Vans in Lebanon are a very popular and common mean of public transportation that almost each one of us has at least tried it once. Before making the decision of getting in a van, you kind of live with a dilemma and ask yourself endless questions: Cab VS Van? Fastness over comfort? Comfort over fastness? Money over comfort? Comfort over Money? Thus, if you’re the type who would prefer the van instead, below is a list of 5 things you can’t help avoiding in a Lebanese van.
#1. Being pressed like olives and grapes
Let’s face it! Lebanese vans are the greatest crowd-pullers, so if you choose it, you sure didn’t imagine being seated like a boss. Did you?
Lebanese vans drivers tend to unexpectedly break at any moment, any place, and at any speed to pick up a passenger from the street.
If this happens to you, don’t ever tell the driver Weyn baddo ye2’aad? (Where’s he gonna sit?) because he’ll sharply look at you and say: “Fi Mahal, Ftahlo El Kerseh!” (There’s a place, open the chair for him!).
#2. Getting depressed
Up to this moment, no one still actually knows why some Lebanese vans drivers are so hopelessly romantics, beginning with the quotes they put up around and all the way to the music they play.
Don’t expect him to tune to your favorite radio station or get you connected to the van’s Bluetooth so you can play your favorite songs.
All that he’ll do is making you listen to his top 100 “Drama” hits until you completely break down and remember all your exes.
#3. Being dropped off anywhere but at your desired destination
With all that loud music and Schumacher’s speed, don’t expect the van driver to accurately drop you off at your desired destination even if you’ve already told him. Instead, you’ll be using all your vocal cords to shout: “Tahet El Jeser, Iza Betrid!” (Under the bridge, please!). Don’t worry! You’ll eventually reach the Jeser but probably not the one you wanted.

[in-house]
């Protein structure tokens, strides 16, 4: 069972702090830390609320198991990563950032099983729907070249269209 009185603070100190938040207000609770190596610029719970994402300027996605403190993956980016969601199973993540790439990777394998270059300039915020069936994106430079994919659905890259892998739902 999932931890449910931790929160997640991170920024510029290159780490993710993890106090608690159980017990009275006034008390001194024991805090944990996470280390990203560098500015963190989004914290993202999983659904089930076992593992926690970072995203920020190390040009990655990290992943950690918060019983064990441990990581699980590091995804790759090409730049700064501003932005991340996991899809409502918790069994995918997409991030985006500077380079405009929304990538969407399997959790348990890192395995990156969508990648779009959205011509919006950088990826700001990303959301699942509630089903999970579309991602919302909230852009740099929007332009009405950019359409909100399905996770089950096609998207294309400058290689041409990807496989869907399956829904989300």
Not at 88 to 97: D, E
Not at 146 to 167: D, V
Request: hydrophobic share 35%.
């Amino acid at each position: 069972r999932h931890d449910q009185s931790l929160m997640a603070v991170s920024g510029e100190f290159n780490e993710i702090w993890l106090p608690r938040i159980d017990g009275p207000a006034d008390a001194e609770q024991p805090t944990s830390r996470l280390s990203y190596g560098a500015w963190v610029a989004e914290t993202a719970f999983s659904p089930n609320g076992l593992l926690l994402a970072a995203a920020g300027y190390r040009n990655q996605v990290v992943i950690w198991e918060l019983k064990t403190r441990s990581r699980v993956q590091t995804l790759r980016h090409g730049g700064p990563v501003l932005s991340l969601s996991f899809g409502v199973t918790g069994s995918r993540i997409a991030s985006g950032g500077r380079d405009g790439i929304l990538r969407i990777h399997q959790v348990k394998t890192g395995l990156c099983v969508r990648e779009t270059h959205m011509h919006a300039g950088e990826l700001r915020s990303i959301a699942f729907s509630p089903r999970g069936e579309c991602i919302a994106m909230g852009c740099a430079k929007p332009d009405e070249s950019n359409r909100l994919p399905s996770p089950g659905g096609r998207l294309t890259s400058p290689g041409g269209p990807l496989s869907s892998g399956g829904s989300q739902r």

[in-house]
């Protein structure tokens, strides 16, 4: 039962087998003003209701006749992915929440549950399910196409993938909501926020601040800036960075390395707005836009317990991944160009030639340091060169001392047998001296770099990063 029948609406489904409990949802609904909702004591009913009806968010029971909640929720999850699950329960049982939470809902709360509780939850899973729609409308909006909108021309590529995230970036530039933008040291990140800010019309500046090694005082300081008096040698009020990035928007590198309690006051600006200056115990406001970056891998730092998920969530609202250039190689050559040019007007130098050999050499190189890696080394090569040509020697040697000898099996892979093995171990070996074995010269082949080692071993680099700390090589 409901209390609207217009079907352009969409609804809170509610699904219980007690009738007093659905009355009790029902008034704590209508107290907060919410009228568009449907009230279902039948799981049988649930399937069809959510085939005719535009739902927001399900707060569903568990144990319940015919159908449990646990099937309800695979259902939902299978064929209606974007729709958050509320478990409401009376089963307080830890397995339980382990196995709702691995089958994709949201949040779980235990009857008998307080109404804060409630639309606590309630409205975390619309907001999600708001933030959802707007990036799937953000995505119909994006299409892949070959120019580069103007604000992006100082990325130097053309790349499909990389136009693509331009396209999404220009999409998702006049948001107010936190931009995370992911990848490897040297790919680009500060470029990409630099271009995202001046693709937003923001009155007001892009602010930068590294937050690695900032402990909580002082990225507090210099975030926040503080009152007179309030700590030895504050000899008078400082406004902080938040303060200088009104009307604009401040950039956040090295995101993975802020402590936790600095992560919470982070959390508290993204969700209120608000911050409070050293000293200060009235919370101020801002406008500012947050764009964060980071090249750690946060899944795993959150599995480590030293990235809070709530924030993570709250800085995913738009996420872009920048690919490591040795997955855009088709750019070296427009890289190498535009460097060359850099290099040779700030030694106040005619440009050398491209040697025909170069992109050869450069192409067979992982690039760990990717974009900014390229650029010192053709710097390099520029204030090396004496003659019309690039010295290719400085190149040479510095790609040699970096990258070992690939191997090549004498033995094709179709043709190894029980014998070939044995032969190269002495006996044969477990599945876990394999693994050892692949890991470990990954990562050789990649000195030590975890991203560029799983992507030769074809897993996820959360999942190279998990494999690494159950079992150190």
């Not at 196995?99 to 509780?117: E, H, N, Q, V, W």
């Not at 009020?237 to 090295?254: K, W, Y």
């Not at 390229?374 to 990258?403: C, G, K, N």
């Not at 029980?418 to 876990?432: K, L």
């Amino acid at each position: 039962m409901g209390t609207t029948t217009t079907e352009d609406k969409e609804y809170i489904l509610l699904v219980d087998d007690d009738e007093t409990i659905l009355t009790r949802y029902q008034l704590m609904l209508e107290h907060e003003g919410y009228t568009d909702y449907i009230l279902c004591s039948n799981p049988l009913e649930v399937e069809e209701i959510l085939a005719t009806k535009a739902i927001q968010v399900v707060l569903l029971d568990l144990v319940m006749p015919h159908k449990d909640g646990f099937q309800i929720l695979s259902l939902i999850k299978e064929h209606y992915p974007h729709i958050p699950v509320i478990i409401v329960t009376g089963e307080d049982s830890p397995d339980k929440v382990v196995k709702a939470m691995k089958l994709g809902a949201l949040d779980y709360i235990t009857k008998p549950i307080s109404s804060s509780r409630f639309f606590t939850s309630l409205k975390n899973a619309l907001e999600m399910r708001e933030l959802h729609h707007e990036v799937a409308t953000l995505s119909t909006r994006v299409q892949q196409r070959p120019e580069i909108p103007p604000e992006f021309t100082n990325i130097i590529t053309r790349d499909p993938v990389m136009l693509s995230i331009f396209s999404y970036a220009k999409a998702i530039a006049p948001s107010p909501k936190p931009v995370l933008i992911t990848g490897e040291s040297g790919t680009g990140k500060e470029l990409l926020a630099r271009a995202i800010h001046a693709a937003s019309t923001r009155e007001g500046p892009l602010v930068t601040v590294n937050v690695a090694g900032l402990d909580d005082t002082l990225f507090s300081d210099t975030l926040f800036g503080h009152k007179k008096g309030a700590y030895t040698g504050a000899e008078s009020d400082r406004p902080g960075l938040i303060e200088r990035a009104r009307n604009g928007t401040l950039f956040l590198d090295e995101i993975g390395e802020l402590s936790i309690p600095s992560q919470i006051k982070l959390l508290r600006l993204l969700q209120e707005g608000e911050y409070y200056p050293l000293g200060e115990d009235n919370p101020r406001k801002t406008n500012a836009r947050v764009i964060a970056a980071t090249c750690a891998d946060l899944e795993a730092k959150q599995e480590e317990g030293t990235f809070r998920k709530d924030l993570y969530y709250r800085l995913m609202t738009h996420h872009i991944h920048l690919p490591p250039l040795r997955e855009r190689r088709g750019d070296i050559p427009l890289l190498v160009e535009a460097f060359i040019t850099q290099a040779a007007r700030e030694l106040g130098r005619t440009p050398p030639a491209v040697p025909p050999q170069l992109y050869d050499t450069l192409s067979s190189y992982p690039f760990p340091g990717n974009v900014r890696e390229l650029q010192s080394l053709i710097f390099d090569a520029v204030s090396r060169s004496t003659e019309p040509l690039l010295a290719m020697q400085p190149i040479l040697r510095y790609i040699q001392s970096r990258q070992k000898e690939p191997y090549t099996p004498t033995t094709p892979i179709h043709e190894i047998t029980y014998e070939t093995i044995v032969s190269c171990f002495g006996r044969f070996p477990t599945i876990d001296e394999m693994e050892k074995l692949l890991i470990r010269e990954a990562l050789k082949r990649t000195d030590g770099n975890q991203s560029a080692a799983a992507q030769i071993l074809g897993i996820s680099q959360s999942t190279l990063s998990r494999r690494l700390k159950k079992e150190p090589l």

#4. Meeting with his buddy on the highway
Lebanese vans drivers are so sociable and have their own world of endless connections. Much more than this, if you were lucky enough, the driver might see his buddy -who is also a van driver- riding by on the highway.
The fellows won’t just get enough from the Zammour (car horn), they’ll bump into each other to greet and have their own conversation, “Kifak Ya Zalameh? Wen Mekhtefeh? Kif El Shabeb?”
Pretty much a typical series of Lebanese greetings: “How are you, man? Where have you been hiding? How are the guys?” Yes, they do have their special code: Bros before passengers.
#5. The Caring Passengers
Enough with the drivers. If they’re flawless, this doesn’t mean the passengers will be. Therefore, don’t even try to take a nap because chances are you’ll be sitting next to a very ‘caring’ stranger who won’t let you.
Forget about personal boundaries, and embrace with an extra dose of patience the personal questions of that stranger. Aren’t we familiar with questions like Wen Nezil? Kel Yom Btekhod El Van? Sheyef hal deniyeh kif sayrah? etc, as if “where you’re stopping”, “do you take the van every day”, and your opinion about how “you see what this world is becoming” really matter to him.
Don’t you even be surprised if, when he’s done from his ciggy, he even asks you whether the smell annoys you!